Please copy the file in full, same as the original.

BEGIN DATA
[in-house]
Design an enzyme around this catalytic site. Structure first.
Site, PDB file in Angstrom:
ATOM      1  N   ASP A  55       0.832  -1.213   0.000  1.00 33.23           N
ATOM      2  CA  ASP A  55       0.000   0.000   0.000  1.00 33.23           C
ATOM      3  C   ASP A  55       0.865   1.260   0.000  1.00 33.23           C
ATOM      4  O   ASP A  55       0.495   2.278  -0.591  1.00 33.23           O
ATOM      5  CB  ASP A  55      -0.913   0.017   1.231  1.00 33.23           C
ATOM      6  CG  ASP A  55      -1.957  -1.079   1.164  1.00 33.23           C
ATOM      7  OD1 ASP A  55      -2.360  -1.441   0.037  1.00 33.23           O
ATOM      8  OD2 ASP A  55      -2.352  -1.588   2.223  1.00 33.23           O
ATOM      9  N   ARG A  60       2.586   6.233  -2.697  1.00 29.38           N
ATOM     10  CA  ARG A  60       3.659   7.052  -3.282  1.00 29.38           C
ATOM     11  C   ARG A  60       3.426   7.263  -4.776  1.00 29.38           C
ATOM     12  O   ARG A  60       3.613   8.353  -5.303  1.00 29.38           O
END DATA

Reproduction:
[in-house]
Design an enzyme around this catalytic site. Structure first.
Site, PDB file in Angstrom:
ATOM      1  N   ASP A  55       0.832  -1.213   0.000  1.00 33.23           N
ATOM      2  CA  ASP A  55       0.000   0.000   0.000  1.00 33.23           C
ATOM      3  C   ASP A  55       0.865   1.260   0.000  1.00 33.23           C
ATOM      4  O   ASP A  55       0.495   2.278  -0.591  1.00 33.23           O
ATOM      5  CB  ASP A  55      -0.913   0.017   1.231  1.00 33.23           C
ATOM      6  CG  ASP A  55      -1.957  -1.079   1.164  1.00 33.23           C
ATOM      7  OD1 ASP A  55      -2.360  -1.441   0.037  1.00 33.23           O
ATOM      8  OD2 ASP A  55      -2.352  -1.588   2.223  1.00 33.23           O
ATOM      9  N   ARG A  60       2.586   6.233  -2.697  1.00 29.38           N
ATOM     10  CA  ARG A  60       3.659   7.052  -3.282  1.00 29.38           C
ATOM     11  C   ARG A  60       3.426   7.263  -4.776  1.00 29.38           C
ATOM     12  O   ARG A  60       3.613   8.353  -5.303  1.00 29.38           O